Alana675 wrote:Thankyou so much for your reply Camelidae,
He has been very depressed, telling me he is a failure and will never be able to succeed at anything. They have told him they are investigating his work and will let him know what the outcome will be with his job. So far we have heard nothing. He is on ritalin, Zoloft and another psych drug, I think Buspar and was formally diagnosed with ADHD and aspergers last year. He said he told one of our supervisors but never submitted any documentation to back that up. Legally can they fire him if he has a documented disability? His performance as a social worker is wonderful, the families and patients love him. It is the paperwork trail that gets him in a serious bind. His therapist is working on the legal aspect in the event that he is fired from work. I feel so lost and unable to help, there is nothing I can say to help. This all began when we got a new supervisor, he is a hard nose and very difficult to communicate with. Before that my boyfriend was getting by with warnings and able to keep up. He is such a wonderful man, no matter what the outcome I am standing by him. I just hope he doesn't shut me out if things go badly.
Heres the only thing that can POSSIBLY help him.
The law requires an employer to provide reasonable accommodation to an employee or job applicant with a disability, unless doing so would cause significant difficulty or expense for the employer ("undue hardship").
A reasonable accommodation is any change in the work environment (or in the way things are usually done) to help a person with a disability apply for a job, perform the duties of a job, or enjoy the benefits and privileges of employment.
Reasonable accommodation might include, for example, making the workplace accessible for wheelchair users or providing a reader or interpreter for someone who is blind or hearing impaired.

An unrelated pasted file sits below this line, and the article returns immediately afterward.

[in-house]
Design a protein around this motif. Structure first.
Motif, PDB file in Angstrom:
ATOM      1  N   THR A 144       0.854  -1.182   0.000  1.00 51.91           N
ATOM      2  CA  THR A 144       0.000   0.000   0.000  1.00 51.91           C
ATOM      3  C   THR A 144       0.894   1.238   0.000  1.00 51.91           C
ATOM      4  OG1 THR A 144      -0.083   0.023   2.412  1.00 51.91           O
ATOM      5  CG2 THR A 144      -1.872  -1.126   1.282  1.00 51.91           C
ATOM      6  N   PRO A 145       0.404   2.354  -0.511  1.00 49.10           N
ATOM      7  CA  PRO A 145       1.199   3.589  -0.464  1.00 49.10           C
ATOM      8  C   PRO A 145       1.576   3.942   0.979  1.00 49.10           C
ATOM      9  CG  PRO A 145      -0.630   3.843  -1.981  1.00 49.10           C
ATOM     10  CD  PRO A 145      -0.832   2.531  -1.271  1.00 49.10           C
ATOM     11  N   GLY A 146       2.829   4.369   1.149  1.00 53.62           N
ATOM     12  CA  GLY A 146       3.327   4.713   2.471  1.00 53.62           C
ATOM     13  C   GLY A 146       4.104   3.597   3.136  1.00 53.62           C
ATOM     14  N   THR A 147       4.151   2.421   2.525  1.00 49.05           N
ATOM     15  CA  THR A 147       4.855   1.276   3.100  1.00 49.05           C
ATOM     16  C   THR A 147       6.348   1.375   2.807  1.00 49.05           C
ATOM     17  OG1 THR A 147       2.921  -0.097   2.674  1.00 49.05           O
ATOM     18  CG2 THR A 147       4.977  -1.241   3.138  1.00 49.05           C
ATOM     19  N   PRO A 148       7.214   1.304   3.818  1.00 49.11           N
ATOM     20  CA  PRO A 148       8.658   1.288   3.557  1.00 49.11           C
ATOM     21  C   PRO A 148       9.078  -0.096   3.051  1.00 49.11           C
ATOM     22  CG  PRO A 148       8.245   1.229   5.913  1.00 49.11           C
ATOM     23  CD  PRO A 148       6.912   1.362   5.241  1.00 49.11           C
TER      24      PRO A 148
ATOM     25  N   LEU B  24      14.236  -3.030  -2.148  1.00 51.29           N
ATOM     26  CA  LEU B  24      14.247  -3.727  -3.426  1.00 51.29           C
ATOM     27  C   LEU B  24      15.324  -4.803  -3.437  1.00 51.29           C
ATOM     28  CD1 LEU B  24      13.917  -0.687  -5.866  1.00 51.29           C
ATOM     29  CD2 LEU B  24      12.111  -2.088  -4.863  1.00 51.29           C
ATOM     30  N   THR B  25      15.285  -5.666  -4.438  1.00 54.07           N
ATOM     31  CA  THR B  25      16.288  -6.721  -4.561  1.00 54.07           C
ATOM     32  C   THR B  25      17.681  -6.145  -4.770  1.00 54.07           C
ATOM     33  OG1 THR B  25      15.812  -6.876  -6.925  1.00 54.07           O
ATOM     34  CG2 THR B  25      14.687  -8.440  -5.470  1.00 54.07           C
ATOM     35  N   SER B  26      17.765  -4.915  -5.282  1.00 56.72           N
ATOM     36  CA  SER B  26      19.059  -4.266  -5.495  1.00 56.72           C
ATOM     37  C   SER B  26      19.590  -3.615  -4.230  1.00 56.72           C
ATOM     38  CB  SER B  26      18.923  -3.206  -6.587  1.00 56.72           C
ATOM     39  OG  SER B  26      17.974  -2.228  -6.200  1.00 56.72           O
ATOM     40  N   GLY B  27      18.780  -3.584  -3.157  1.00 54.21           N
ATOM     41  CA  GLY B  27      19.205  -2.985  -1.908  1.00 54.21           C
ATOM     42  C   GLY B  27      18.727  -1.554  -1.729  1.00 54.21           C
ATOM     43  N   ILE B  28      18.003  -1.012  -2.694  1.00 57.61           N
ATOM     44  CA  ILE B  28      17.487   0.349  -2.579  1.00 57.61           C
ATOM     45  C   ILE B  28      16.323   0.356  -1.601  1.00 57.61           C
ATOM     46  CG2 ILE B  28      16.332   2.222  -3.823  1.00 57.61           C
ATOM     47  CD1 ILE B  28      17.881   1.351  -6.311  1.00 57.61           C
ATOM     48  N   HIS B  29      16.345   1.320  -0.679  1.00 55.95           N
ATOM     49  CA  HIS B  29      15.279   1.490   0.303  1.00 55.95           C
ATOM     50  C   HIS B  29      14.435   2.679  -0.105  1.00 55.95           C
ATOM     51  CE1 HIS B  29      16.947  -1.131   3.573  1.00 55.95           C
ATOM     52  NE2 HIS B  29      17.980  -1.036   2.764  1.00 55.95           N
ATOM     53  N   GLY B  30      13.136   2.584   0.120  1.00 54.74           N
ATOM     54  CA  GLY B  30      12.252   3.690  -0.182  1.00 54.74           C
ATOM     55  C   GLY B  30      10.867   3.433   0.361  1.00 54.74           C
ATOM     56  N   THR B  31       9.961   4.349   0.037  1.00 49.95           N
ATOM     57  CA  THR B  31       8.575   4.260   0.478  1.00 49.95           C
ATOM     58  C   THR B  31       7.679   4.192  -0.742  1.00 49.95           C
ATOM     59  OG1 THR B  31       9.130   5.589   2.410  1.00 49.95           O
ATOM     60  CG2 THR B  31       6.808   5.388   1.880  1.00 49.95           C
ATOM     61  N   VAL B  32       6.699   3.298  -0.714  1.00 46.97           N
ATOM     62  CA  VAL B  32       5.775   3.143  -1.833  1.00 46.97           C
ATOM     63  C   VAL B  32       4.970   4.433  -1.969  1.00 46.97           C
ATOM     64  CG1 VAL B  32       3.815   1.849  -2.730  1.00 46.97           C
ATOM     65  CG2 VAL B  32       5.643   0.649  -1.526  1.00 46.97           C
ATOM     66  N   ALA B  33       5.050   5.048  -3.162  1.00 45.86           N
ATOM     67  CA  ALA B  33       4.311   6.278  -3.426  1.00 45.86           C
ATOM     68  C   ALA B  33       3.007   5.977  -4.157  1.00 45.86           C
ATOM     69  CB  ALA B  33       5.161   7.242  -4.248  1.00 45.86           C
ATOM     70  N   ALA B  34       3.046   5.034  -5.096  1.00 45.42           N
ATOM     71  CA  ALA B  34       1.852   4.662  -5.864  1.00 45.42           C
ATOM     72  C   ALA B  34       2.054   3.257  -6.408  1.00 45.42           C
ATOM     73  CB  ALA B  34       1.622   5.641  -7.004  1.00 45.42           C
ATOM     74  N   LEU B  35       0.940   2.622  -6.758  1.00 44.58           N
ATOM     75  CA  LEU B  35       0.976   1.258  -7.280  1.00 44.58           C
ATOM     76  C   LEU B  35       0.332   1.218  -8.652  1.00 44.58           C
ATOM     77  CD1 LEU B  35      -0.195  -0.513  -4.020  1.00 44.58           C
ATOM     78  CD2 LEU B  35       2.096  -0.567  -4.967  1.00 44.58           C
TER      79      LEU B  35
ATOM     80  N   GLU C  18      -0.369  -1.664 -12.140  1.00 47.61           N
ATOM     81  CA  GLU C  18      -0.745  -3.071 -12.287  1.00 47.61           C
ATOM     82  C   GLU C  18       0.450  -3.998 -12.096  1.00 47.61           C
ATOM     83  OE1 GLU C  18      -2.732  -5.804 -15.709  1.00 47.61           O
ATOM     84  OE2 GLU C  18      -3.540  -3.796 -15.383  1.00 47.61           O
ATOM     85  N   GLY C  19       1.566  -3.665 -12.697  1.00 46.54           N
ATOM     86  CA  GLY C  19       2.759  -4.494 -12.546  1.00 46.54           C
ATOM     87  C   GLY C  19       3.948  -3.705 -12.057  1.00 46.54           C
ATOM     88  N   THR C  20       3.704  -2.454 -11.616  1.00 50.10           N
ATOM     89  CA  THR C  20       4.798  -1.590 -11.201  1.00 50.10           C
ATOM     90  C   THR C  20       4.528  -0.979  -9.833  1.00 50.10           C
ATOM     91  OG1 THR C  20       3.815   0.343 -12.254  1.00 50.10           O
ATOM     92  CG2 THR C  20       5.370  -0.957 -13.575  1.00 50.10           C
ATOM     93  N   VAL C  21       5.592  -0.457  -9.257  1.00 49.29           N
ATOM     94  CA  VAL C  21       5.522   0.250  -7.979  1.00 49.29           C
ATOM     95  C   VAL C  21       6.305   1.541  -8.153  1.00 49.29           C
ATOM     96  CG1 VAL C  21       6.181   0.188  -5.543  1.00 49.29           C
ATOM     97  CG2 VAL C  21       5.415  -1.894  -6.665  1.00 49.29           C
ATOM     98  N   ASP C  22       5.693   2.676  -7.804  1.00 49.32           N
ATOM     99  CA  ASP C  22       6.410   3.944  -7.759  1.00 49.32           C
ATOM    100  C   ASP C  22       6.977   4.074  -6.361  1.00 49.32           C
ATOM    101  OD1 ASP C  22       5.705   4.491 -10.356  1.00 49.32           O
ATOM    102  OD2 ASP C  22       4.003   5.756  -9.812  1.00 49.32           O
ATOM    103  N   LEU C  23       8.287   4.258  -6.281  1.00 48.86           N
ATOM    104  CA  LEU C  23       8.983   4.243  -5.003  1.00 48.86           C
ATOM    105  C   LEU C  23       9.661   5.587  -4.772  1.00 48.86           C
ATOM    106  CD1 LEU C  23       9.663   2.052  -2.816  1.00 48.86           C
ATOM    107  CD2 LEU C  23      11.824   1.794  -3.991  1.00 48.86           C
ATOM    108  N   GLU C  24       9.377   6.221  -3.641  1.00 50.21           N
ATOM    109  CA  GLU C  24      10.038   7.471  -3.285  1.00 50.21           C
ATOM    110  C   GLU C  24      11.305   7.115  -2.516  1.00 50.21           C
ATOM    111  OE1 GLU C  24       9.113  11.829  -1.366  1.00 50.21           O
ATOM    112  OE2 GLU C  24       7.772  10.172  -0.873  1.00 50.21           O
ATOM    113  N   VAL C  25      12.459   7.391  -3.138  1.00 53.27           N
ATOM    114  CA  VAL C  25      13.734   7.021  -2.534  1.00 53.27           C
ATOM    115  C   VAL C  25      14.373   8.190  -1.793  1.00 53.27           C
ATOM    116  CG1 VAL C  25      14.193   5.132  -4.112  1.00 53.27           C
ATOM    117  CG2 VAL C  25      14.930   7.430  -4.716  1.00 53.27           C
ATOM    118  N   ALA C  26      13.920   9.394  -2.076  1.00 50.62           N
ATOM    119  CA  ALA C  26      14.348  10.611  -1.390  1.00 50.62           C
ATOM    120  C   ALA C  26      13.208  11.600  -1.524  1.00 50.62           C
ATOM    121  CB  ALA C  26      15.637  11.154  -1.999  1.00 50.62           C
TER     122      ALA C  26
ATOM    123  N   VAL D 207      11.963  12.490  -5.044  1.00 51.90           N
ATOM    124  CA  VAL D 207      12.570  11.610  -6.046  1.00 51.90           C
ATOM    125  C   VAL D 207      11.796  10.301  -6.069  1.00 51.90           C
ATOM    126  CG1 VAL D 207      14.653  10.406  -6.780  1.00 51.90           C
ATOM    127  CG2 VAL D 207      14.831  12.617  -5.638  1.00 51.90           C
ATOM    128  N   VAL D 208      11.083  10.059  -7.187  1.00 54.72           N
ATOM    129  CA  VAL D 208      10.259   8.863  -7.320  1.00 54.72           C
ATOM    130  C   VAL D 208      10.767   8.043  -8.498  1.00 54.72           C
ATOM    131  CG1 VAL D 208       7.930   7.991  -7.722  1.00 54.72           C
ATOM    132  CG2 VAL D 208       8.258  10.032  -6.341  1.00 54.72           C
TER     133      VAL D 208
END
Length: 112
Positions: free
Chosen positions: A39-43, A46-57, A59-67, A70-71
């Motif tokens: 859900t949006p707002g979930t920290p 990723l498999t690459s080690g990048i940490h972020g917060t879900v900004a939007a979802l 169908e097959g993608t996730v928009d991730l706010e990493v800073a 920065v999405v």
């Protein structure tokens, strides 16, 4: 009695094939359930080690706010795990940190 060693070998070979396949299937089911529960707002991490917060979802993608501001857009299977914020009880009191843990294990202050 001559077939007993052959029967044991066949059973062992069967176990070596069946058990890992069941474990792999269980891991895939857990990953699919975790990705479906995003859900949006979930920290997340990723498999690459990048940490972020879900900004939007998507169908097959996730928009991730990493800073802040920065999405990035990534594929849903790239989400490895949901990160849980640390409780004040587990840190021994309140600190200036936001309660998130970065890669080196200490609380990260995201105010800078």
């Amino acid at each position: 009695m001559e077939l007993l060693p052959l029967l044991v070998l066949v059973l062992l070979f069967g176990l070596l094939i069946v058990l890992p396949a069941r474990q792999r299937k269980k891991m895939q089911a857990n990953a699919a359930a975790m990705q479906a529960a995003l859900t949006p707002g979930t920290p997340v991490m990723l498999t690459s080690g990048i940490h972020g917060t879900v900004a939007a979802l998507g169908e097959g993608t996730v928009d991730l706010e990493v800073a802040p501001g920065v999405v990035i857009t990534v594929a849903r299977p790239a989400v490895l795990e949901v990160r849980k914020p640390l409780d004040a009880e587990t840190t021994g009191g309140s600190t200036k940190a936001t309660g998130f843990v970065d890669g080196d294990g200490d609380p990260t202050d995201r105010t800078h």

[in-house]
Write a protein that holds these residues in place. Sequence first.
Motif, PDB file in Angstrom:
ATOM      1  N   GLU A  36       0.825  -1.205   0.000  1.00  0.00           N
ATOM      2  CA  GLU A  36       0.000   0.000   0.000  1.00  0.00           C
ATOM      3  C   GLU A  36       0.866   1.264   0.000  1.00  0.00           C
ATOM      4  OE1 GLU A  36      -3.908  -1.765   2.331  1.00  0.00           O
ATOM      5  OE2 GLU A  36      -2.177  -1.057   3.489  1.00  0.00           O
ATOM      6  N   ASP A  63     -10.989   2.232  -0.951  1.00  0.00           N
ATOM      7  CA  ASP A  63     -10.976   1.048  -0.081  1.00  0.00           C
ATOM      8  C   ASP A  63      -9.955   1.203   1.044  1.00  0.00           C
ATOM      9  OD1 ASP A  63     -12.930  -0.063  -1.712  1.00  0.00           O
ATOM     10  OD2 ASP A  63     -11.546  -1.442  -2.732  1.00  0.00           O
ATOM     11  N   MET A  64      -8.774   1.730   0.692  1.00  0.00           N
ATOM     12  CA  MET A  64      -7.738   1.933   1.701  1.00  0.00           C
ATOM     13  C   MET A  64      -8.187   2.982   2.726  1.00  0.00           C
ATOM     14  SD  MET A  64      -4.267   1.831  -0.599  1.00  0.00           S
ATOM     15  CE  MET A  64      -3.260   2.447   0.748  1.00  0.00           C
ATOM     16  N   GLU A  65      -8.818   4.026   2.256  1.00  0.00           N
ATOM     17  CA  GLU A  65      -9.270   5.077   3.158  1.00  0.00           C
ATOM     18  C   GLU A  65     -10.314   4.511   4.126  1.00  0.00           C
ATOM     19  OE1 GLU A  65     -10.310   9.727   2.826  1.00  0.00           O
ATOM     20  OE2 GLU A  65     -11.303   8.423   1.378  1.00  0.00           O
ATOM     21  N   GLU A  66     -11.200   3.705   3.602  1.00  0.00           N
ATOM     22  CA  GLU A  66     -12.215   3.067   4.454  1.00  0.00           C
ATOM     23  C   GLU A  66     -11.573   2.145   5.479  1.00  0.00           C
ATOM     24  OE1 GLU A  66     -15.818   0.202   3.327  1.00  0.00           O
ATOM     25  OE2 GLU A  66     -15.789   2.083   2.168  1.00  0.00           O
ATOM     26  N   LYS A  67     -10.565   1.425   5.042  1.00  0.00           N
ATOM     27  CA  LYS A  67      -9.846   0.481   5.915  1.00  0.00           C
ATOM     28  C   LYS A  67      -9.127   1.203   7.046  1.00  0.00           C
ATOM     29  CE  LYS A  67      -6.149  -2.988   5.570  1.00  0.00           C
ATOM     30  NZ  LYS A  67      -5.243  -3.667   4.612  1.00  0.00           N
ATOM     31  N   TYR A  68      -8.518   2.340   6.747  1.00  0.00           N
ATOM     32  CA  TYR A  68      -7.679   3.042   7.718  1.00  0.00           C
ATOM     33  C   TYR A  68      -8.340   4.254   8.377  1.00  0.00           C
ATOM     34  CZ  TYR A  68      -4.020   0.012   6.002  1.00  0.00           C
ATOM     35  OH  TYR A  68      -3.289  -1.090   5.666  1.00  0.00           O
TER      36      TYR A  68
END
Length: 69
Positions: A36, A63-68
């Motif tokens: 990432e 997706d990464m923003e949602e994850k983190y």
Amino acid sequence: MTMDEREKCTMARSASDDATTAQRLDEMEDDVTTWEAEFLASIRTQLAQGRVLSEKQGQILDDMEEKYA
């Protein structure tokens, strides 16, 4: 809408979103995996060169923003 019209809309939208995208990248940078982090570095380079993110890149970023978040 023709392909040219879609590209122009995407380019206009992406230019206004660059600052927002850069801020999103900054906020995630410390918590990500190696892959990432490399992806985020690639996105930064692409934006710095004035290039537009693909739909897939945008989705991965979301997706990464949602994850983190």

An employer doesn't have to provide an accommodation if doing so would cause undue hardship to the employer.
Undue hardship means that the accommodation would be too difficult or too expensive to provide, in light of the employer's size, financial resources, and the needs of the business. An employer may not refuse to provide an accommodation just because it involves some cost. An employer does not have to provide the exact accommodation the employee or job applicant wants. If more than one accommodation works, the employer may choose which one to provide.
Like I said, if hes costing the business more money than hes "worth"(I mean his business worth, is he an asset to the business or a cost? again, is his paperwork issue costing the business more than he is making them? not his self-worth or personal worth), he can be terminated without violating the disability act. Now, your only hope is to figure out if the business has tried to accommodate him. If they haven't, pull that card, if they have, I'm sorry, but he's bout screwed with his employer. How exactly is the business going to accommodate his issues with paperwork? Think about it, and pitch it to the employer. If there is no reasonable means of accommodating his issue with paperwork, I'm sorry but the Disability Act isn't going to save him.